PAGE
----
5 Things to Know About PACE Loans

Written by Posted On Monday, 30 January 2023 00:00

A PACE loan is advertised as needing no money down, providing a way to finance home improvement projects to facilitate energy efficiency. For example, these loans might be used for projects like a new roof, impact windows, or solar panels.

The following are important things for consumers to know before participating in the program.

1. The Basics

PACE stands for property-assessed clean energy. It’s a way to finance renewable energy and energy-efficient projects on private property. These programs are available not only for residential properties but also for commercial properties.

The core idea between both is the same—PACE programs let owners finance up-front costs of energy-related improvements on their property, and then they pay back the costs over time through a voluntary assessment. A PACE assessment is attached not to the individual but to the property.

You are borrowing money to make specific improvements to your home, but in doing so, you’re increasing your property tax payment.

The financing can be used for hurricane preparedness, solar panel installation, LED lighting upgrades, or energy-efficient roofing.

The property is the collateral.

2. The Government Doesn’t Pay For or Insure Loans

You might learn about a PACE program through contractors working in your community or door-to-door salespeople. The federal government doesn’t insure PACE loans or pay for them.

Certain states approve these lending programs, and the local government runs them, or a private company the local government hires might run them.

As mentioned, you pay your loan through an assessment collected with your property taxes.

While the government doesn’t pay for or insure PACE loans, the U.S. Department of Energy oversees the programs.

3. There’s No Down Payment

PACE loans don’t require an upfront down payment, and there is no monthly payment.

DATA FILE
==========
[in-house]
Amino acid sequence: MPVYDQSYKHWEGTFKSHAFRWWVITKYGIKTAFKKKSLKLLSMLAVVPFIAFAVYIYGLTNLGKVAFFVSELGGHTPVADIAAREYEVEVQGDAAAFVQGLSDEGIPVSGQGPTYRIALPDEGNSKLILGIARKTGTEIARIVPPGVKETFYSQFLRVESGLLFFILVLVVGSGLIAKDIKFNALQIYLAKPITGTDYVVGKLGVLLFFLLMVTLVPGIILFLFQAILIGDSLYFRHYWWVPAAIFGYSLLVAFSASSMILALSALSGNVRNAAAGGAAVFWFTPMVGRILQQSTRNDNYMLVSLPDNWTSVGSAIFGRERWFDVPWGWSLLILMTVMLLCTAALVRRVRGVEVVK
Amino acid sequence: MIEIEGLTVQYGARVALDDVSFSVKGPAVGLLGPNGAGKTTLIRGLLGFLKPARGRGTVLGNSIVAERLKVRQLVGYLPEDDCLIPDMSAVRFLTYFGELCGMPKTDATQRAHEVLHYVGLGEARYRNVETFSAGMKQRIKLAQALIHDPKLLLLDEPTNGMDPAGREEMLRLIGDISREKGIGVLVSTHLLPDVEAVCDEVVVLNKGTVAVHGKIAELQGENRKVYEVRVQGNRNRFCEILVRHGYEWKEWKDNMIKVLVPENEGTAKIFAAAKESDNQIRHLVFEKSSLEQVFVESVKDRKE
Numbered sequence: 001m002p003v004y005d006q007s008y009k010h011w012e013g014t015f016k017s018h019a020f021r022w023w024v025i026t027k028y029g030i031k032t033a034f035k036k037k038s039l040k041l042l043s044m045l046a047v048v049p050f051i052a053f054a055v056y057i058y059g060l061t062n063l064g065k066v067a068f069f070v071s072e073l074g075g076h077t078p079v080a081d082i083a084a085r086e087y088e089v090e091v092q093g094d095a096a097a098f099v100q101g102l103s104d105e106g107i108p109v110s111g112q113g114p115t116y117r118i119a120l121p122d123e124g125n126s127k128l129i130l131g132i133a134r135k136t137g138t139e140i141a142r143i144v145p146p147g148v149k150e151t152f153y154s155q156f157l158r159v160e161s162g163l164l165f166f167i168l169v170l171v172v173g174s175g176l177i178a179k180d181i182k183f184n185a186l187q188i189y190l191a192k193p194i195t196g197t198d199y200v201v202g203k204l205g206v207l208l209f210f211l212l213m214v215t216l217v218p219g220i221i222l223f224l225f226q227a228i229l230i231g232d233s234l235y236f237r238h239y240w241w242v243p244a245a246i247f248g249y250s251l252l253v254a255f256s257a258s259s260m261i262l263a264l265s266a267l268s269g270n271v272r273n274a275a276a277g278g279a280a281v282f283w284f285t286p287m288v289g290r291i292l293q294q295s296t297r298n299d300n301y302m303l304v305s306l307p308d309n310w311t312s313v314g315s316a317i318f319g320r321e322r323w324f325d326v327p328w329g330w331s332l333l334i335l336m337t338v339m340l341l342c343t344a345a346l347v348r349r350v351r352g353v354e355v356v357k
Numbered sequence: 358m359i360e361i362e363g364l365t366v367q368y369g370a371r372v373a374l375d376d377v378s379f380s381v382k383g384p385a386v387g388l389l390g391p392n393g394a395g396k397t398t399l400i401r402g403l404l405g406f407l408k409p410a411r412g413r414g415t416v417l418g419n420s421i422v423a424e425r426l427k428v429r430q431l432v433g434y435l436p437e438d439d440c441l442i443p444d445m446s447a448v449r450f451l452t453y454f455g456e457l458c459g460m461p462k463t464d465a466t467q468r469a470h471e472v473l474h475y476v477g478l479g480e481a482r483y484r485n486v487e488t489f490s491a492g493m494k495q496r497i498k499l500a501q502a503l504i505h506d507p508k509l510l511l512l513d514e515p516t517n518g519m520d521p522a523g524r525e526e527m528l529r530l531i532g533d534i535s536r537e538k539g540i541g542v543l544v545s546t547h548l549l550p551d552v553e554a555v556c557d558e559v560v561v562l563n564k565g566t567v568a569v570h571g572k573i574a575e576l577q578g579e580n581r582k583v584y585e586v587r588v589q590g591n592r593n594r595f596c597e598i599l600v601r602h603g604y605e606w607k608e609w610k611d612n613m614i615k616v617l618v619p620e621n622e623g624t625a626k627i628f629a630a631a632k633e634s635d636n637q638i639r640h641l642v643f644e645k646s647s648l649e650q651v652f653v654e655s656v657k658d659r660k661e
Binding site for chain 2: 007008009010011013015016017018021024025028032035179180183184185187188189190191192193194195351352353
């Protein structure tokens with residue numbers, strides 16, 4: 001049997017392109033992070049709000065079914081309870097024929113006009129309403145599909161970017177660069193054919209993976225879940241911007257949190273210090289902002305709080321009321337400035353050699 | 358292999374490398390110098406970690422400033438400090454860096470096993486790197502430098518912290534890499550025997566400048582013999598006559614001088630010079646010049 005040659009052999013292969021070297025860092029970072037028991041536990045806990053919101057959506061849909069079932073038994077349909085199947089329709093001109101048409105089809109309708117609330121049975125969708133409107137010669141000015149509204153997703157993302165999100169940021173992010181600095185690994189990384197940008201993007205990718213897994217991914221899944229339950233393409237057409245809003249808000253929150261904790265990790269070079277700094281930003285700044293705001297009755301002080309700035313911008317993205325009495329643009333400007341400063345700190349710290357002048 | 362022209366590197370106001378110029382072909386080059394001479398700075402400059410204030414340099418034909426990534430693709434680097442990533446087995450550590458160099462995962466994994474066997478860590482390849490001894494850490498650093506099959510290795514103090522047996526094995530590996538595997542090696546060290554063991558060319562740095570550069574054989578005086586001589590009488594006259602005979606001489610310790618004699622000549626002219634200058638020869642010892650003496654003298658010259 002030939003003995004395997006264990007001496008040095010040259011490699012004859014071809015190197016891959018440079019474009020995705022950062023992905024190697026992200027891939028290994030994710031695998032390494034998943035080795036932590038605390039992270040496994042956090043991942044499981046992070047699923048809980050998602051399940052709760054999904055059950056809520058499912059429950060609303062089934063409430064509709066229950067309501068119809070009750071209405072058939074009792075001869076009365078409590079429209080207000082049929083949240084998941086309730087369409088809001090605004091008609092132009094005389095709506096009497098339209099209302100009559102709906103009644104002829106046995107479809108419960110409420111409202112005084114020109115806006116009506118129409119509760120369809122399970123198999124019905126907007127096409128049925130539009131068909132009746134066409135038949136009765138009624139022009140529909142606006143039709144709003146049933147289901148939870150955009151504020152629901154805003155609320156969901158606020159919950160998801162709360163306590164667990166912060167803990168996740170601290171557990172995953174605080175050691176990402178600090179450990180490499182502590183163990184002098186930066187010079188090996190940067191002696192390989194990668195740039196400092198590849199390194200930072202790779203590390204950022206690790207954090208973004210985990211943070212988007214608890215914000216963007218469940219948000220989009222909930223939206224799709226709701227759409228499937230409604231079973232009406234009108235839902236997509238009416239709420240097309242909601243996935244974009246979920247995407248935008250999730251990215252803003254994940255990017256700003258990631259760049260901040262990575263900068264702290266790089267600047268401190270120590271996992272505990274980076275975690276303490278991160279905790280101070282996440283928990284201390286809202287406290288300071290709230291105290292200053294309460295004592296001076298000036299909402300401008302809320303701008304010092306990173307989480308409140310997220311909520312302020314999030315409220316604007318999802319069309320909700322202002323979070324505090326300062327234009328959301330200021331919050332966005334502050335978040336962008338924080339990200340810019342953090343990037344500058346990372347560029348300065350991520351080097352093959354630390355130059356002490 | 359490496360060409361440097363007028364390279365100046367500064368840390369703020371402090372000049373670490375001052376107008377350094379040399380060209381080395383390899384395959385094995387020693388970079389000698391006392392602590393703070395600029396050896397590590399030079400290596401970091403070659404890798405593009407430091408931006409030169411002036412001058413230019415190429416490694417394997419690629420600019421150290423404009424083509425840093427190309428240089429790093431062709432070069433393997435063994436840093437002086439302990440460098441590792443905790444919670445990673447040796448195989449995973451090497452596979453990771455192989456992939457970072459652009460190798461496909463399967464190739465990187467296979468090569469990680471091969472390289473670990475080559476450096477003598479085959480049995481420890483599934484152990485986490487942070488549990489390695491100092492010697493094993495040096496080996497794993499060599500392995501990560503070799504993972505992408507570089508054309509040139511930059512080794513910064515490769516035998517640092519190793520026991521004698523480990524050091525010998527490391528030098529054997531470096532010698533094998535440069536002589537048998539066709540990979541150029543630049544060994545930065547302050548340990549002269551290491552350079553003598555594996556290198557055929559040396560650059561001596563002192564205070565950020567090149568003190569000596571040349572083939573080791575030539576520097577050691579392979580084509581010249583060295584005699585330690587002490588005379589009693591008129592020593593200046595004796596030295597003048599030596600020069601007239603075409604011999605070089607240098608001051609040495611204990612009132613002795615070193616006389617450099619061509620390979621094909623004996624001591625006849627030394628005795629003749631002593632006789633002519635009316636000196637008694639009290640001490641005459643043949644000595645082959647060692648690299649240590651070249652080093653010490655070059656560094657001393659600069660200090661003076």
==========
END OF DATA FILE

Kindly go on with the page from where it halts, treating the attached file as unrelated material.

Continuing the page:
The assessments that are added to your regular property taxes are spread out over a determined time frame, usually between 10 and 20 years, and this time frame is based on how much financing is involved.

If you don’t pay the regular assessments, you will face the penalties that you would for not paying your property taxes otherwise.

There’s no underwriting process like traditional mortgages—you can finance 100% of energy-related improvements. Creditworthiness isn’t a major factor of being approved.

Funding for these loans is usually from municipal bonds.

4. The Advantages

For property owners, you might be able to improve your cash flow since you’re spreading out the repayment terms and not making one large upfront payment. You can also deduct your payments from your income tax liability.

You can save money on your energy bills, depending on the type of project you use the funding for, and of course, you’re creating a more energy-efficient property to reduce your carbon footprint.

5. The Disadvantages

People do have to be careful with PACE loans because there are downsides.

First, you can sell a house with a PACE loan, but it’s attached to the property. A buyer will then inherit the loan from the seller, which might make your home less appealing to buyers if you plan to sell or complicate things.

It can also be complicated to refinance if you have a PACE loan. These are tax liens, and you have to pay them first. If you want to refinance your mortgage, you have to pay the lien in full before you can do so. A conventional mortgage loan might not let you refinance if you have a PACE loan unless you pay it off. There may be lenders who will allow you to refinance but only with the condition that you pay your PACE loan with your proceeds.

Finally, you have to read the fine print because interest rates can be higher than average on a PACE loan.

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